Edelstein is a member of The Recording Academy, is endorsed by Holland Guitars, and serves on the boards of Lauda Musicam and Judaic Mosaic.
Felt Nerdy is the Atlanta-based husband and wife puppetry performance team of Veronica and Charles Bramlett. After three very popular puppet shows at Treklanta in 2014, 2015 and 2016, we are pleased to welcome them back for another highly entertaining show in 2017.
"Konora the Klingon" (a.k.a. Hannah Hoyt) is the first Earth-based Klingon opera singer. She is dedicated to exposing humans to the true beauty of the Klingon operatic voice by performing as an entertainer at Star Trek conventions. She started her career as a singer when she was very young, singing in childrens' choirs. When she was 14, her choir was chosen with much honor to sing in the grand opera. "Konora" trained at 15 and 16 with the Royal Shakespeare Company, who continue to bring the great Klingon dramas to Earth audiences. After graduating with honors in high school, she began undergraduate studies at Berklee College of Music. In 2006, she was nominated in the Creative Loafing theater awards as Best Supporting Actress in a Drama and Best Newcomer of the Year. Since then, "Konora" has added her voice to the many distinguished singers of Klingon opera while pursuing her vocal studies. She is currently working on her latest album and putting together her 2017 performance tour. In her spare time, she records operatic repertoire in the original Klingon and brings the genre of Klingon pop to her peers.
Konora won Honorable Mention in the 2012 Miss Star Trek Universe Beauty Pageant at Dragon*Con and won the Miss Star Trek Universe title in 2015. She hopes to one day be honored with the title of Miss Klingon Empire. From the seductive Carmen to the passionate Tosca and the formidable "Queen of the Night's Aria" from The Magic Flute, listen to selections from her album Arias from Grand Opera in Klingon on her web site here.
Based in Georgia, Abby Hermes is an artistic chameleon who specializes in a wide variety of art forms. After starting her first art-based business at age 11, Hermes has continued to explore and create art with any material she can get her hands on (digital illustration, traditional landscapes, portraits and special effects makeup, to name a few). Now, 13 years later, she continues using her artistic passion with freelancing and teaching art at Kennesaw State University.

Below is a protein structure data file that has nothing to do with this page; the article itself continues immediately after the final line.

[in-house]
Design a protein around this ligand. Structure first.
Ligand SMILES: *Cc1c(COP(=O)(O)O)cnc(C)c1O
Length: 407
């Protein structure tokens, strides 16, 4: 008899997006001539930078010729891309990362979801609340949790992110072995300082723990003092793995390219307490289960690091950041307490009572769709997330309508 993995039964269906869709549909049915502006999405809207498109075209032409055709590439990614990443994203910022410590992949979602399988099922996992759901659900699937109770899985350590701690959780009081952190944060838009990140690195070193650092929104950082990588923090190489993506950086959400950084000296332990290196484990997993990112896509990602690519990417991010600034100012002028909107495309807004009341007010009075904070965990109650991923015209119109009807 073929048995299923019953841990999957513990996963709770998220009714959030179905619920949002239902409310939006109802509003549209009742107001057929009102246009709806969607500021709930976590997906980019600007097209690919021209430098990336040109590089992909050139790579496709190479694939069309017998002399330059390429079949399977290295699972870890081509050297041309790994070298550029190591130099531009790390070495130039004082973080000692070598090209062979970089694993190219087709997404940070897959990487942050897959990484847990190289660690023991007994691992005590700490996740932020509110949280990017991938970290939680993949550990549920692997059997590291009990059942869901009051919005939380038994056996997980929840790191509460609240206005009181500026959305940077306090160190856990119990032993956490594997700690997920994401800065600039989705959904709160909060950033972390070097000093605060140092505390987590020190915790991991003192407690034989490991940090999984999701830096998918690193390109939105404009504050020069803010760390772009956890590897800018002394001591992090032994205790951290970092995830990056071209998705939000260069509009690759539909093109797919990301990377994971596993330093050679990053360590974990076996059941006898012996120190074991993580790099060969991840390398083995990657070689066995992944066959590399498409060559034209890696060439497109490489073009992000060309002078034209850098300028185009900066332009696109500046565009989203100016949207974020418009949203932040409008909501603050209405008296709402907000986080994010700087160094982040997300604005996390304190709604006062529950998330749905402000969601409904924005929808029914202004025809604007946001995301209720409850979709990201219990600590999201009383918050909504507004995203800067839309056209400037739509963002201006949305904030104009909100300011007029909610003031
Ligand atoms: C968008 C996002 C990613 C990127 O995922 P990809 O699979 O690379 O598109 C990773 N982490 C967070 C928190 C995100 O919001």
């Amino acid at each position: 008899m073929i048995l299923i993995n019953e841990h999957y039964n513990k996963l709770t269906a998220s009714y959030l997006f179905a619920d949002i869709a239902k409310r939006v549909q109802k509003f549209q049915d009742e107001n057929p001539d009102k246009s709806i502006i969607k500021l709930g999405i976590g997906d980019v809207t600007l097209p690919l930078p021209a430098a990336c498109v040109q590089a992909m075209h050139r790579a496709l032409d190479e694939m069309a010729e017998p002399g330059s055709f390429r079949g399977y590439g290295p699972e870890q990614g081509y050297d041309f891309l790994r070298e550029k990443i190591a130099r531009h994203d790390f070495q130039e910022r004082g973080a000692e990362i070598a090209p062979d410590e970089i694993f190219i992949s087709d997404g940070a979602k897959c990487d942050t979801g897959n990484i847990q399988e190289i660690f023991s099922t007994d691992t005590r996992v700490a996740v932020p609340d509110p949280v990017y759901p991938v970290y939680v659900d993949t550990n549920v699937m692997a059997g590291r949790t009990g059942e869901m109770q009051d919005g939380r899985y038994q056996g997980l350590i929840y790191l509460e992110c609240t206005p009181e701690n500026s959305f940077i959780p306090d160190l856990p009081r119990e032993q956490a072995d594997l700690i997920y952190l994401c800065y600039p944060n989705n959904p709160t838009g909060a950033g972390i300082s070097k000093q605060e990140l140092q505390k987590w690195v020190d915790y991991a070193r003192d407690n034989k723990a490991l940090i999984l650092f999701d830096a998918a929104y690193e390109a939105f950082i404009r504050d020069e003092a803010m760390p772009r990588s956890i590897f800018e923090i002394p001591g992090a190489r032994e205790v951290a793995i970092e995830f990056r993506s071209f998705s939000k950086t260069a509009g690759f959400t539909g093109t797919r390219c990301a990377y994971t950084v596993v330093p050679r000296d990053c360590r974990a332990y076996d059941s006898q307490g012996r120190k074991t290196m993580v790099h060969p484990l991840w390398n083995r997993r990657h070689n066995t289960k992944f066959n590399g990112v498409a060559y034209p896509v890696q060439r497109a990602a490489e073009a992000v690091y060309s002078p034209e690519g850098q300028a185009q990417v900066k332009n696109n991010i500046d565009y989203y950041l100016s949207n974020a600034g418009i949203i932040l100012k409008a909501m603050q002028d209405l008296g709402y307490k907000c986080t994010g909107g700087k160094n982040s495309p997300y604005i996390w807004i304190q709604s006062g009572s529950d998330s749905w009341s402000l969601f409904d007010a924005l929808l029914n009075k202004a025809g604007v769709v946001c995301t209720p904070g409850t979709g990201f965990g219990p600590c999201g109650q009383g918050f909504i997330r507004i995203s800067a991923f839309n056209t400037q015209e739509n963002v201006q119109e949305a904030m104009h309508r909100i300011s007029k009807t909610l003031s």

Treklanta is pleased to welcome Abby Hermes to her first Treklanta Artists Alley in 2017.
Sarah Wade is a traditional artist based in Huntsville, Alabama. She dabbles in most mediums of painting and drawing (watercolor, acrylic, oils, pastels, charcoal, graphite, etc.) and with a few other art mediums such as traditional Native American beadwork, crochet and jewelry making. Currently, she's focused on watercolors. She loves the chaos and unpredictability that comes with painting with watercolors.
Treklanta is pleased to welcome Sarah Wade to her first Treklanta Artists Alley in 2017.
Born and raised in Atlanta, Dimitri Walker is a simple artist at heart. Brush, paint and canvas are his tools. He has been a portrait artist since 1983, primarily graphite (pencil). In 1994, Walker began to paint with oils and acrylics. He also took a job picture framing to be near the art world. He continued to learn and became a Master Certified Framer. In 2005, at 40 years old, Walker went to college and earned a Bachelors of Fine Art. In the spring of 2012, while teaching a drawing class at a local art gallery, a student/friend who took his class to learn to draw the TARDIS better, said to him, "Dimitri, I know you watch and love all the same shows and movies I do. Supernatural, Star Trek, Doctor Who, Star Wars, Firefly and all the comic book movies. I have been to your web site. Why don't you have any Fan Art?" Walker replied, "What's 'Fan Art'?"
And the rest is history.
Treklanta is pleased to welcome Dimitri Walker back to our third Artists Alley in 2017. Visit his web site at Paintings by Dimitri Walker.
Katie Whatley is a traditional artist located in Georgia. She graduated with her BA from the University of Alabama. Graphic designer by day and artist by night, Whatley spends her free time painting watercolors of space, characters from movies and comics, coloring comic artwork for other artists and exploring new mediums. She frequents Comic Cons and art fairs throughout the Southeast including Alabama, Arkansas and Tennessee. She is currently working on furthering her watercolor and copic marker skills.
Treklanta is pleased to welcome Katie Whatley to her first Treklanta Artists Alley in 2017.